If racism IS a “black issue”, it’s because racism is directed primarily toward black people. Black people are the ones most negatively impacted by racist ideology, practices, and policies. White people, however, are often the primary beneficiaries of racist ideology, practices, and policies.

Ending racist ideology, practices, and policies requires white people to take the lead by taking responsibility. Ending racism requires responsibility not humility (nor guilt).

While we cannot change that past, we can help determine what impact that past will have on the present and the future.

The purpose of this article is not to provide white folks with answers for HOW best to eradicate racism. I don’t pretend to have answers. My point is to encourage white people to stop feeling guilty and to focus on HOW you can take responsibility for ending racism.

White people have no reason to feel guilty for what other white people did hundreds of years ago. No one alive today is RESPONSIBLE for the birth of racism. White people do, however, have a responsibility for helping eradicate racism, especially since white people are often the primary beneficiaries of American racism.

White people who desire to end racism have to stop talking about feeling guilty, and have to start taking responsibility for creating a better world.

Children Are Critical To Our Present and Our Future

State legislatures across the U.S. are condemning the 1619 Project as “divisive.” Living in Iowa, I am acutely aware that the Iowa legislature passed a law banning the 1619 Project and 10 “specific defined concepts.”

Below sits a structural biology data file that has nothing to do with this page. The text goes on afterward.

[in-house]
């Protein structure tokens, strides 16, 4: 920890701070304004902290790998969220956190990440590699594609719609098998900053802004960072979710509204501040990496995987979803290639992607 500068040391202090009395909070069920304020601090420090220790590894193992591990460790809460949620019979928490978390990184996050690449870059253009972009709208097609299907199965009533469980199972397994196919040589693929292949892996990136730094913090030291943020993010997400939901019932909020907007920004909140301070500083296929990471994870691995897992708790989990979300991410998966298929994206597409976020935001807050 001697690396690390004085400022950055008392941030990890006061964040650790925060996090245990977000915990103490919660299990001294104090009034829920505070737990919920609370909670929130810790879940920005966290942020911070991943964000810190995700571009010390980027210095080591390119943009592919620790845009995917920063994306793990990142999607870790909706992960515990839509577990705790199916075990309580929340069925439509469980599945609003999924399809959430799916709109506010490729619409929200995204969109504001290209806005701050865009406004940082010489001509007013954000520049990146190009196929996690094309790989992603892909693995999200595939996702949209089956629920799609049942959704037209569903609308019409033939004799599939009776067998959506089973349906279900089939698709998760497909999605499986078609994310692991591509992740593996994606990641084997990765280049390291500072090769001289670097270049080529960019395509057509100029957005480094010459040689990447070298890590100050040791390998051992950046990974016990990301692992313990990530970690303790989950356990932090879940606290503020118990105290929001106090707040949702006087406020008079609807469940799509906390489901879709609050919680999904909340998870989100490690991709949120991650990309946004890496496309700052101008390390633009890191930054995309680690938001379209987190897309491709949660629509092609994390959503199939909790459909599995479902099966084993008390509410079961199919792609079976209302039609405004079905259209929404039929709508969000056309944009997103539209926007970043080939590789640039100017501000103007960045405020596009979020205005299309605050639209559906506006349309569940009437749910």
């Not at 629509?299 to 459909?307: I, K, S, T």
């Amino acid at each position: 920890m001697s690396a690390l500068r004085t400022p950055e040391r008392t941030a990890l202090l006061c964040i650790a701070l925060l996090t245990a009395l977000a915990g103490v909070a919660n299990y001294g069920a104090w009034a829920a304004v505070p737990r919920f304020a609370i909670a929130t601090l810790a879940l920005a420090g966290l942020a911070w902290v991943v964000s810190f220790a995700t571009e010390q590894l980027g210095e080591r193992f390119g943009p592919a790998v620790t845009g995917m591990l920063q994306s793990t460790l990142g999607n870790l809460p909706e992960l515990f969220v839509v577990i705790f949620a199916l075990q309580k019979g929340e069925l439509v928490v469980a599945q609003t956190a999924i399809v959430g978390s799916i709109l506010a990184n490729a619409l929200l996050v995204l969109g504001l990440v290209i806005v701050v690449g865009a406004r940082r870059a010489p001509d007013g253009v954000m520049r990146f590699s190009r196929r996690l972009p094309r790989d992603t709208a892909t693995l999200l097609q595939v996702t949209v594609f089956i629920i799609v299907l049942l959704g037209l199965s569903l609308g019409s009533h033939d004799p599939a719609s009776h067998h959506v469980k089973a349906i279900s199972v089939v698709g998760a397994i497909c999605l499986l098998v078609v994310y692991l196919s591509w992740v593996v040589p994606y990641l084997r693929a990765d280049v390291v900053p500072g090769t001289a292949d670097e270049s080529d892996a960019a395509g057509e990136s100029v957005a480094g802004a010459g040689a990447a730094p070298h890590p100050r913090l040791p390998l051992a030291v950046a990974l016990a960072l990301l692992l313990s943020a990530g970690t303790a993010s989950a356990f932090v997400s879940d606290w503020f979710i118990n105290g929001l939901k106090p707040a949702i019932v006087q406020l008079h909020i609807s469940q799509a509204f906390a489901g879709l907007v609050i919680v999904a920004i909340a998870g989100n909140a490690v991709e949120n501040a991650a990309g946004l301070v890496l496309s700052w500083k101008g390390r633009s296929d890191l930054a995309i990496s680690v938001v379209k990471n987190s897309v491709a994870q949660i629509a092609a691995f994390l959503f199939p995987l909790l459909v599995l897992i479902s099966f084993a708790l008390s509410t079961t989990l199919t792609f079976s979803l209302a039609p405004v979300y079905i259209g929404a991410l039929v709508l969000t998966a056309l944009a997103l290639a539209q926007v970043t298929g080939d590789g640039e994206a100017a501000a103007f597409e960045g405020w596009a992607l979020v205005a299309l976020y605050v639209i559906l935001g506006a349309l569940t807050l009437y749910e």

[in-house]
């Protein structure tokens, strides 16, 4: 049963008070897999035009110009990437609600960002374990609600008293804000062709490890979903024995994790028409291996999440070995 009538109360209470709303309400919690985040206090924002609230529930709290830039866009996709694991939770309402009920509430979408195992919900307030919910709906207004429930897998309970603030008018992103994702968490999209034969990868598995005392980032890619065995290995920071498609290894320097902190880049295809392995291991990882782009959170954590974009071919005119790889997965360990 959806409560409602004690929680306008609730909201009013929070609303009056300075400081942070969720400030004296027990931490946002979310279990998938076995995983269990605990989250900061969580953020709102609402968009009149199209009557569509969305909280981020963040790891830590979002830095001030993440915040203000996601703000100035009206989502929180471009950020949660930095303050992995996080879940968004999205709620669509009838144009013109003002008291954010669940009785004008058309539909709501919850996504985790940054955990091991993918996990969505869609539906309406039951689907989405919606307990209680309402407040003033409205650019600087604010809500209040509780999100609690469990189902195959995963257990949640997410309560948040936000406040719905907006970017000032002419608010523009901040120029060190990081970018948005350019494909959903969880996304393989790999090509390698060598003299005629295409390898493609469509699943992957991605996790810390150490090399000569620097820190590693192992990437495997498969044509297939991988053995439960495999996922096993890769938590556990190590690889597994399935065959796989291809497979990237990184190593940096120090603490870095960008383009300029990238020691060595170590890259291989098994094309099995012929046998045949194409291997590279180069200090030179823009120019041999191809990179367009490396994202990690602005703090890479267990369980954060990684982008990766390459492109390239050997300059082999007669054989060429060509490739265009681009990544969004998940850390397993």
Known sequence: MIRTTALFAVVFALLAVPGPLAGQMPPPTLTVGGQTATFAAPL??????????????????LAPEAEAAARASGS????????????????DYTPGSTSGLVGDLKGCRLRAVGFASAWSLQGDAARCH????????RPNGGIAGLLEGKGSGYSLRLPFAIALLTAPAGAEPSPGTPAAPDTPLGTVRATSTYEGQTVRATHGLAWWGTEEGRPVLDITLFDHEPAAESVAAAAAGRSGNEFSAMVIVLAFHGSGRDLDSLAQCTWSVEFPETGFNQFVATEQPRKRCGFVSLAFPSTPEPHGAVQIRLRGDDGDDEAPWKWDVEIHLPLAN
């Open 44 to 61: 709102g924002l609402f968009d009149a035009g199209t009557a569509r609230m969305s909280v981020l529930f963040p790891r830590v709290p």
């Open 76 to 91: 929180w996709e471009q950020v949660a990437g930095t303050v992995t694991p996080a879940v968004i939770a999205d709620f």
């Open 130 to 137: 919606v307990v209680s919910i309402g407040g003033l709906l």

The law bans suggestions that someone of any race “bears responsibility for actions committed in the past” by members of their race.

Teaching about systemic racism or slavery, however, is not about suggesting anyone today “bears responsibility for the past.” It’s simply about acknowledging the past honestly, recognizing the harmful legacies resulting and continuing from that past, and taking responsibility to change the present and the future.

Unfortunately, black (and white) school children have consistently been taught that every great achievement in the world has been accomplished by white people. Children are taught that black people have contributed virtually nothing to world civilization.

Iowa Governor Kim Reynolds’ Republican colleague, former Iowa Senator Steve King, publicly declared during a Republican National Convention that white Euro-American Christians are the ONLY people who have made significant contributions to world civilization.

Public education in America has always denigrated black people. Despite the rhetoric, bans against the 1619 Project are not about banning “critical race theory.” They are about banning accurate depictions of black experiences in America (and around the globe). They are about ensuring the ongoing mis-education of children regarding black experiences.

Banning the 1619 Project means that we are essentially going to stop teaching children accurate history about how racist ideology has affected and continues to affect the U.S.